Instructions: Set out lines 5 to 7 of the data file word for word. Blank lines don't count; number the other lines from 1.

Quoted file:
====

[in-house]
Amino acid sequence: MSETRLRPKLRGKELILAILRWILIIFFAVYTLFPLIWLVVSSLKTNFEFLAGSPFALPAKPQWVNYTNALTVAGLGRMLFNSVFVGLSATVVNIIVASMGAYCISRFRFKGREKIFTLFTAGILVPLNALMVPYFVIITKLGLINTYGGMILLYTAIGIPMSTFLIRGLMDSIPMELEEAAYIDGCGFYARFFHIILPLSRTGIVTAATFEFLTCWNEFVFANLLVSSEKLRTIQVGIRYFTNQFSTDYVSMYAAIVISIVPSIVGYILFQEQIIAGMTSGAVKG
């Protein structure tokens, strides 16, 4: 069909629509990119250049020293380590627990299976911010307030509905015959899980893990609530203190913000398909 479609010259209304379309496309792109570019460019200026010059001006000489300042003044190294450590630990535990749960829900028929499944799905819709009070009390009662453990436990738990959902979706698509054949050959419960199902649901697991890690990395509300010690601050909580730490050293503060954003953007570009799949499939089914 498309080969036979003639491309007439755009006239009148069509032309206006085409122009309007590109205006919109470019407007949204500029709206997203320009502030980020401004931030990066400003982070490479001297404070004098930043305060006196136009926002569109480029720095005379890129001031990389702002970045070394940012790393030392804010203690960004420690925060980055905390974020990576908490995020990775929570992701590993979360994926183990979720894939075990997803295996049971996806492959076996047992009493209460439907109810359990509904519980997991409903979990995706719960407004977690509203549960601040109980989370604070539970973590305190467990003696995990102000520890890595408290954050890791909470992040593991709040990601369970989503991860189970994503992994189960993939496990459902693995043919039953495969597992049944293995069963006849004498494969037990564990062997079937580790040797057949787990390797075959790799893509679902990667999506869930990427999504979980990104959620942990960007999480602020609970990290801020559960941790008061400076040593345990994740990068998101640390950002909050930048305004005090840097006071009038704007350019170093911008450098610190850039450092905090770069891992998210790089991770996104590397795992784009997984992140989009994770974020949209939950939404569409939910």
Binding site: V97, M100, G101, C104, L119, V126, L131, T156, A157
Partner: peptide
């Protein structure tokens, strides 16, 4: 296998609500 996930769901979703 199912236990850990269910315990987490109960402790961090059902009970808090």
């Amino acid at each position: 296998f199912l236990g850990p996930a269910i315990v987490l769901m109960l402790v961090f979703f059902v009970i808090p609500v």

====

Partner: peptide
């Protein structure tokens, strides 16, 4: 296998609500 996930769901979703 199912236990850990269910315990987490109960402790961090059902009970808090």
């Amino acid at each position: 296998f199912l236990g850990p996930a269910i315990v987490l769901m109960l402790v961090f979703f059902v009970i808090p609500v």